I know. How uncouth! How belligerent, sanctimonious, and other words of more than 1 syllable!
Book genres have become a bit of a joke really, as I was saying in my last post regarding the nonsense categorisation of “Women’s Fiction”.
Here’s another literary joke for you:
Q. What’s the difference between Literary Fiction and Romance?
A. So’s your face.
Isn’t that brilliant? Isn’t it just the best joke you’ve ever heard? Brief, and yet crammed full of the sharp wit of the universe?
Of course it isn’t. But if enough people said it was, you might believe it. Which is how Literary Fiction works.
I’m not saying Literary Fiction isn’t good. I’m not saying that it isn’t sometimes work of such brain-stroking brilliance that it can simultaneously make me laugh, cry and want to be 21 again. Because some of it can. I just have a problem with the classification.
There’s a tendency to mark out anything which is unclassifiable as Literary Fiction, merely if it can string a sentence together relatively nicely – or in some cases, because it uses forty-two subordinate clauses in every seventh sentence, and words such as solipsism, crytoscopophilia, or compound beauties like heartgnarling grumble-cry.
But really, simple words are the hardest to write. Particularly if you’re trying to avoid cliché. And sometimes, work which looks deceptively simple is dismissed: proclaimed to be “genre fiction” with a wave, a sniff, and a wry eyebrow. So, if there’s a happy ending, it’s Romance. If someone smokes a cigarette, it’s Crime. If someone pushes an elephant from a six-storey window before declaring war on Canada, it’s Scandinavian Humour.
Granted, there are more helpful genres and sub-genres, such as Action & Adventure, Romantic Comedy, and German IT Noir. (Not really. I made the last one up. I wouldn’t mind seeing it, though.) But when it’s simply impossible to classify, then it’s Literary Fiction. For example:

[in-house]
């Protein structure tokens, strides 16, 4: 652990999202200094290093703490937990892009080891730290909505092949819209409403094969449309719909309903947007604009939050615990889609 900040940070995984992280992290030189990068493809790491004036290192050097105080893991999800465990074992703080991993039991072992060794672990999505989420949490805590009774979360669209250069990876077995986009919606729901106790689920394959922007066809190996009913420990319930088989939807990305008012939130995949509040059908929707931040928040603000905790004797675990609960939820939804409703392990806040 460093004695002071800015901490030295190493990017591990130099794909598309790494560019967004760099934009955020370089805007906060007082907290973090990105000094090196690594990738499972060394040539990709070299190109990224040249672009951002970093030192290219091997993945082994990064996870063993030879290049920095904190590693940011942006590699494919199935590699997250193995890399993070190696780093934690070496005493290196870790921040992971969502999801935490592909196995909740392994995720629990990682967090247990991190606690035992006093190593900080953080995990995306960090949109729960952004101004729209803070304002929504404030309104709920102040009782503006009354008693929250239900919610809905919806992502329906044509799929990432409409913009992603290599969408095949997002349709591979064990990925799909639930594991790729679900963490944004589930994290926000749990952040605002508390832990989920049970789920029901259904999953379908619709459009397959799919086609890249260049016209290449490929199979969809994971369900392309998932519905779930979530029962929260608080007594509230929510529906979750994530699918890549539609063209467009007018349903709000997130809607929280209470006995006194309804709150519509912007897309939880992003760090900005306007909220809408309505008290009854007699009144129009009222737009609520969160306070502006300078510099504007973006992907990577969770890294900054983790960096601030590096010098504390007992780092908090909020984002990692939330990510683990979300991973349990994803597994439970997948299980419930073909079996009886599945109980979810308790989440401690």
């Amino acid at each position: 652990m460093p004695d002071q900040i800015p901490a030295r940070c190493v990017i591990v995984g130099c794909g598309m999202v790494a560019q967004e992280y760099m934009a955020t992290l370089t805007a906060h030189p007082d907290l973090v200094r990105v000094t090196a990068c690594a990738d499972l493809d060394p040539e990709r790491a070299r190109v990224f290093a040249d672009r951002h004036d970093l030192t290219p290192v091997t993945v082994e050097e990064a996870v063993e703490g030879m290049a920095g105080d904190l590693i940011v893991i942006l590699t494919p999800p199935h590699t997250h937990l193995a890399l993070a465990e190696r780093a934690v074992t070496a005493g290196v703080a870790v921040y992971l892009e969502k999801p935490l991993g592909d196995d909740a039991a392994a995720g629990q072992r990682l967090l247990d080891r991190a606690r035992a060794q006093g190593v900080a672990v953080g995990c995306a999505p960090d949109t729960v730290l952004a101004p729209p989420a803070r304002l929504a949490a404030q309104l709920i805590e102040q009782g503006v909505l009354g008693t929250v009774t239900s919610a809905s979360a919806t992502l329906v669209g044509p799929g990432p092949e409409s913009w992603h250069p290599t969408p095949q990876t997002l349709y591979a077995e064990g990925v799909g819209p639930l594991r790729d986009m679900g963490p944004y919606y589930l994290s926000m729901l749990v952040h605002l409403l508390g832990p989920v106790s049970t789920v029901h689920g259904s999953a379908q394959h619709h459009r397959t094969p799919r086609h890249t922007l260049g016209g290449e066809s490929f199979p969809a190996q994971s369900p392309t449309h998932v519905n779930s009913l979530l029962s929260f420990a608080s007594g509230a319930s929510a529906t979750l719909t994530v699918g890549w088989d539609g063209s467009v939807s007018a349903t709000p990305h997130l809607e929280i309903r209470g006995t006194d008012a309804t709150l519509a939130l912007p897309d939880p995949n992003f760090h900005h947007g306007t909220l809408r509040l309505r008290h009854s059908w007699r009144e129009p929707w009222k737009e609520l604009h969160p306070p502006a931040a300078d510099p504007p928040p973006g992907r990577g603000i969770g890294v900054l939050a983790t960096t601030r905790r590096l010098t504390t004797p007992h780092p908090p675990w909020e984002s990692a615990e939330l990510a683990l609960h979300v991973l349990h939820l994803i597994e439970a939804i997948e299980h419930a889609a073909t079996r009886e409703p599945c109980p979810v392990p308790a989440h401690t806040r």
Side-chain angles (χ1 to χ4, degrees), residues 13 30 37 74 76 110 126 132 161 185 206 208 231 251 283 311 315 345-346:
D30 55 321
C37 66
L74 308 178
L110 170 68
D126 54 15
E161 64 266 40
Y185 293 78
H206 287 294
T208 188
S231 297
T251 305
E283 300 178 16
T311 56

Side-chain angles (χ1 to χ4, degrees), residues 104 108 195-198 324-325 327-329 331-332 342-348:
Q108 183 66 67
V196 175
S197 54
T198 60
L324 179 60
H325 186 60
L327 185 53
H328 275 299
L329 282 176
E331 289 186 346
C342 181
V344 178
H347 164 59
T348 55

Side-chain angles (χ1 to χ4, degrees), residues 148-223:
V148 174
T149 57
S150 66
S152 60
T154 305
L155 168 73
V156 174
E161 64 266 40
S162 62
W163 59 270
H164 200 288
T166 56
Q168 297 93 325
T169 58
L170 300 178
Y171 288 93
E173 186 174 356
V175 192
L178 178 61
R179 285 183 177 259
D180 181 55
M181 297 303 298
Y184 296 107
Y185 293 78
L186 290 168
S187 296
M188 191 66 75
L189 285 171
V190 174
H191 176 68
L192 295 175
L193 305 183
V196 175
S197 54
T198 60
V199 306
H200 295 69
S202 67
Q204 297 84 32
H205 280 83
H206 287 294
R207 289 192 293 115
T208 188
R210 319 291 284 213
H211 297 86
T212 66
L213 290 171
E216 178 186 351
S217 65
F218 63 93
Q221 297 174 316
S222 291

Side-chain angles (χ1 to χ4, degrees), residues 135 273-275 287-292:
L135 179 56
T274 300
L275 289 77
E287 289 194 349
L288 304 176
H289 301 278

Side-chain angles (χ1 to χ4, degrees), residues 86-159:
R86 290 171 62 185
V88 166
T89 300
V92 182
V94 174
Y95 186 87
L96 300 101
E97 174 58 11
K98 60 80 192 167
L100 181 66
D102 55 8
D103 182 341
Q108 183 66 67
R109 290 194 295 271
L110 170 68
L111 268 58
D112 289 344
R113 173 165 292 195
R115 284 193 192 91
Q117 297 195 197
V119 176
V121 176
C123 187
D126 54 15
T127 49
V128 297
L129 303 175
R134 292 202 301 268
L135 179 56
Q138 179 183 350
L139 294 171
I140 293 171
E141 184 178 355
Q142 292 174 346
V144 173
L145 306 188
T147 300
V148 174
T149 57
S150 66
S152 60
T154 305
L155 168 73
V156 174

1. The male anti-hero smokes fish for a local wholefoods distributor, throws a cat from his fortieth-floor apartment, and suffers terribly because of unrequited love for his estranged son’s special needs teacher;
2. The female protagonist is a seventeenth-century manically depressed laundress with a talent for mathematics, and a yearning to murder the King of France (mon Dieu – Ed.);
3. No conjunctions, pronouns or past tenses are used in a book called The Mountain-Climbing for Enlightenment Club.
Calling this Lit-Fic means that the following scene took place:
Publisher: We have no idea who might read this. We can’t think of a single predefined section of the market that would want this book. Let’s make out it’s really clever. Only for clever people, in fact. And wait for the stampede.
Publisher’s Lackey: ‘Kay, Boss.
The problem is that sometimes, with the over-use of Literary Fiction as a category, it’s implied that other books are somehow less worthy, less well-written. That genre fiction is simple, derivative stuff, knocked out in a matter of weeks, without that much thought or effort. Which, if I may put it elegantly, is bollocks. Crime is not less well-written than Literary Crime. It’s not even different in style. The quality may vary widely. But that’s not the genre’s fault.
There is nothing wrong with simply classifying a book as contemporary fiction. It shouldn’t preclude it from winning any literary prizes;; it won’t turn off lovers of Lit-Fic, who tend to buy according to subject matter, author or prize nominations, rather than genre anyway; and it might even garner a few lovers of plain old contemporary fiction, who are turned off by the idea of literary prose which takes too long to tell them what they want to know.
Anyway, I’m off now to invent a few more genres. So far, I have the aforementioned German IT Noir; Killer Chef Erotica, and Horticultural Romance. If you’ve any suggestions, throw them underneath!